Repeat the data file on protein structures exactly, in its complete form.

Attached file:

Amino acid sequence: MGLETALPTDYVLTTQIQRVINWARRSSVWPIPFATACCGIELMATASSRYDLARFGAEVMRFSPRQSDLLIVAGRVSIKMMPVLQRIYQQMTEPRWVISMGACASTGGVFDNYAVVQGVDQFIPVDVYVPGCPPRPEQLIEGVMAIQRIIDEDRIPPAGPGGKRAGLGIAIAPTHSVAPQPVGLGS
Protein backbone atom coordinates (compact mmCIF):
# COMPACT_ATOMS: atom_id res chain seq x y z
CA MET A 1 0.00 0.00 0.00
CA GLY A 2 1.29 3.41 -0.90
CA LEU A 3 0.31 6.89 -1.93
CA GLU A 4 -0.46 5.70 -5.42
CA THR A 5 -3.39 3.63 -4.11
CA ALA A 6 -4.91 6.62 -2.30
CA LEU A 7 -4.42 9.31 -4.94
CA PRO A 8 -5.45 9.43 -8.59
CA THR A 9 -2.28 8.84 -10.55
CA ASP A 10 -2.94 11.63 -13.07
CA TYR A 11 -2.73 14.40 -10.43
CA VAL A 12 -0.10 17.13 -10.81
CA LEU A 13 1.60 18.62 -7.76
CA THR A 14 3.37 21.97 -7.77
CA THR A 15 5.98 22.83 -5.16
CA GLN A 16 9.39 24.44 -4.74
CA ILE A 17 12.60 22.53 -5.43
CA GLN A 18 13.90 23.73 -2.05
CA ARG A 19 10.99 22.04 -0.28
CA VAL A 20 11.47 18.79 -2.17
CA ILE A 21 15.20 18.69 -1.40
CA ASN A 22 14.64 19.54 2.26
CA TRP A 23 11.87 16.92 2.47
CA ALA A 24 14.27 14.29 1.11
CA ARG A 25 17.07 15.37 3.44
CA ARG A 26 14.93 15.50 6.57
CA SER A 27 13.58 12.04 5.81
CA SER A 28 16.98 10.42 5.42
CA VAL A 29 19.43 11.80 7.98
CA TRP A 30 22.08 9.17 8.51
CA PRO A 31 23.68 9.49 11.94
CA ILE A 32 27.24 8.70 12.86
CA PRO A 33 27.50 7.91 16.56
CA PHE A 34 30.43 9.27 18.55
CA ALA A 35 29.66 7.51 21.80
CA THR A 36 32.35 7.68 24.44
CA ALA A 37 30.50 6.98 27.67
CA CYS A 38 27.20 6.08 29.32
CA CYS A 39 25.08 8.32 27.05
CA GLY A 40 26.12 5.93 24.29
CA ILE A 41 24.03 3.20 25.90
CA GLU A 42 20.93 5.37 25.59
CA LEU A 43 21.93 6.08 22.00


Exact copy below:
Amino acid sequence: MGLETALPTDYVLTTQIQRVINWARRSSVWPIPFATACCGIELMATASSRYDLARFGAEVMRFSPRQSDLLIVAGRVSIKMMPVLQRIYQQMTEPRWVISMGACASTGGVFDNYAVVQGVDQFIPVDVYVPGCPPRPEQLIEGVMAIQRIIDEDRIPPAGPGGKRAGLGIAIAPTHSVAPQPVGLGS
Protein backbone atom coordinates (compact mmCIF):
# COMPACT_ATOMS: atom_id res chain seq x y z
CA MET A 1 0.00 0.00 0.00
CA GLY A 2 1.29 3.41 -0.90
CA LEU A 3 0.31 6.89 -1.93
CA GLU A 4 -0.46 5.70 -5.42
CA THR A 5 -3.39 3.63 -4.11
CA ALA A 6 -4.91 6.62 -2.30
CA LEU A 7 -4.42 9.31 -4.94
CA PRO A 8 -5.45 9.43 -8.59
CA THR A 9 -2.28 8.84 -10.55
CA ASP A 10 -2.94 11.63 -13.07
CA TYR A 11 -2.73 14.40 -10.43
CA VAL A 12 -0.10 17.13 -10.81
CA LEU A 13 1.60 18.62 -7.76
CA THR A 14 3.37 21.97 -7.77
CA THR A 15 5.98 22.83 -5.16
CA GLN A 16 9.39 24.44 -4.74
CA ILE A 17 12.60 22.53 -5.43
CA GLN A 18 13.90 23.73 -2.05
CA ARG A 19 10.99 22.04 -0.28
CA VAL A 20 11.47 18.79 -2.17
CA ILE A 21 15.20 18.69 -1.40
CA ASN A 22 14.64 19.54 2.26
CA TRP A 23 11.87 16.92 2.47
CA ALA A 24 14.27 14.29 1.11
CA ARG A 25 17.07 15.37 3.44
CA ARG A 26 14.93 15.50 6.57
CA SER A 27 13.58 12.04 5.81
CA SER A 28 16.98 10.42 5.42
CA VAL A 29 19.43 11.80 7.98
CA TRP A 30 22.08 9.17 8.51
CA PRO A 31 23.68 9.49 11.94
CA ILE A 32 27.24 8.70 12.86
CA PRO A 33 27.50 7.91 16.56
CA PHE A 34 30.43 9.27 18.55
CA ALA A 35 29.66 7.51 21.80
CA THR A 36 32.35 7.68 24.44
CA ALA A 37 30.50 6.98 27.67
CA CYS A 38 27.20 6.08 29.32
CA CYS A 39 25.08 8.32 27.05
CA GLY A 40 26.12 5.93 24.29
CA ILE A 41 24.03 3.20 25.90
CA GLU A 42 20.93 5.37 25.59
CA LEU A 43 21.93 6.08 22.00